My IRremote library decodes output from many infrared remotes: Sony, NEC, RC5, and RC6. However, many remotes use other protocols. While it's not too hard to add support for other protocols, I wanted to show how the library can be used with arbitrary remote controls.

This post describes a simple routine that will generate a unique code for each key on an arbitrary remote. The demo application flashes the LED the appropriate number of times when I push the 0-9 button on my remote.

How it works

The IRremote library records the duration of each (modulated) pulse sent by the remote control. Each key on the remote corresponds to a particular code value, which is converted to a particular sequence of pulses. If you know the encoding algorithm, you can determine the code value, and thus the key pressed. However, for many applications it doesn't really matter what the original code value is, as long as you can uniquely distinguish each key. Thus, if you can turn each unique sequence of pulses into a unique value, then this value will indicate the desired key.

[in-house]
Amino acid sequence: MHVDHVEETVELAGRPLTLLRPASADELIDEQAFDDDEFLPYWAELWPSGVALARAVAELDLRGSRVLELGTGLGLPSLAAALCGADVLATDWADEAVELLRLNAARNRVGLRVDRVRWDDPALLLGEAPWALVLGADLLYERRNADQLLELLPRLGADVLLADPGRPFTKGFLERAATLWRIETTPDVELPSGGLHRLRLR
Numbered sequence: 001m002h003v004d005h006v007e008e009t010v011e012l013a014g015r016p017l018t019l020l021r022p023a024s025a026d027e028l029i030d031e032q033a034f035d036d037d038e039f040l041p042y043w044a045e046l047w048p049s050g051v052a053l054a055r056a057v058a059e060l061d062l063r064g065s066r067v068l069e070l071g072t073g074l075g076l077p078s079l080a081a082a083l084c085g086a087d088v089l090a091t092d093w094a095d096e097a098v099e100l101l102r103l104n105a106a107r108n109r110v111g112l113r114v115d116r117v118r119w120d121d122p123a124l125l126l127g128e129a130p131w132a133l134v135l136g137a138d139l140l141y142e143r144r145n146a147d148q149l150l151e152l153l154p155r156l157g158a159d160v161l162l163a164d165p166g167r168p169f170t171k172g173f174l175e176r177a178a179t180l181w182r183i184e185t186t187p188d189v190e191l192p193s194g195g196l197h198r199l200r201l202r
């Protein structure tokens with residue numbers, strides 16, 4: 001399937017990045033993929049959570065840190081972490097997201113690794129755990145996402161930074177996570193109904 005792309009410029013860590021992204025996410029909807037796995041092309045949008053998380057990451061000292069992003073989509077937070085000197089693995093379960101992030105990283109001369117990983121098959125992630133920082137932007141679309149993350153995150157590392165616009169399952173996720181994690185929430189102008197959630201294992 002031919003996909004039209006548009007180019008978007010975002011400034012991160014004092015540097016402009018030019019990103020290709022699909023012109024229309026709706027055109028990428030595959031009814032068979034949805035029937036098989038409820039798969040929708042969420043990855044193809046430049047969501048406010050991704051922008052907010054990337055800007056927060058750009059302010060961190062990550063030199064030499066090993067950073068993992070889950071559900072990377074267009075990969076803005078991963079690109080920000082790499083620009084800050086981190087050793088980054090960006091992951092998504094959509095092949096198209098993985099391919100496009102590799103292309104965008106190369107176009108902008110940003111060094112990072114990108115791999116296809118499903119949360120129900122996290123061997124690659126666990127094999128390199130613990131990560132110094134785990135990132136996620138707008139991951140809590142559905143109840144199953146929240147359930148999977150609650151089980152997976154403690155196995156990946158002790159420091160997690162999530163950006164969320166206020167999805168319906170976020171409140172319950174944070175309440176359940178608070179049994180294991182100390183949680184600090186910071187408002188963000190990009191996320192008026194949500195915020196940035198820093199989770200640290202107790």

To do this, I look at the duration of successive pulses. If the pulse is shorter than the previous, I assign 0. If the pulse is the same length, I assign 1. If the pulse is longer, I assign 2. (I compare on-durations with on-durations and off-durations with off-duations.) The result is a sequence of 0's, 1's, and 2's. I hash these values into a 32-bit hash value.

With luck, the 32-bit hash value will be unique for each key. Note that these hash values are arbitrary, and don't have any obvious connection with the underlying code value. Most encoding protocols use two different durations, so comparing shorter vs longer will work, but you can imagine a code with multiple duration values that wouldn't work here. In addition, hash collisions could occur, but are pretty unlikely with a 32-bit hash.

Code

The code can be downloaded from IRhashcode.pde. The sample application prints the "real" decoded value and the hash value. The "real" value will only work for supported protocols (Sony, RC5, RC6, NEC), but the hash value should work for almost any remote control.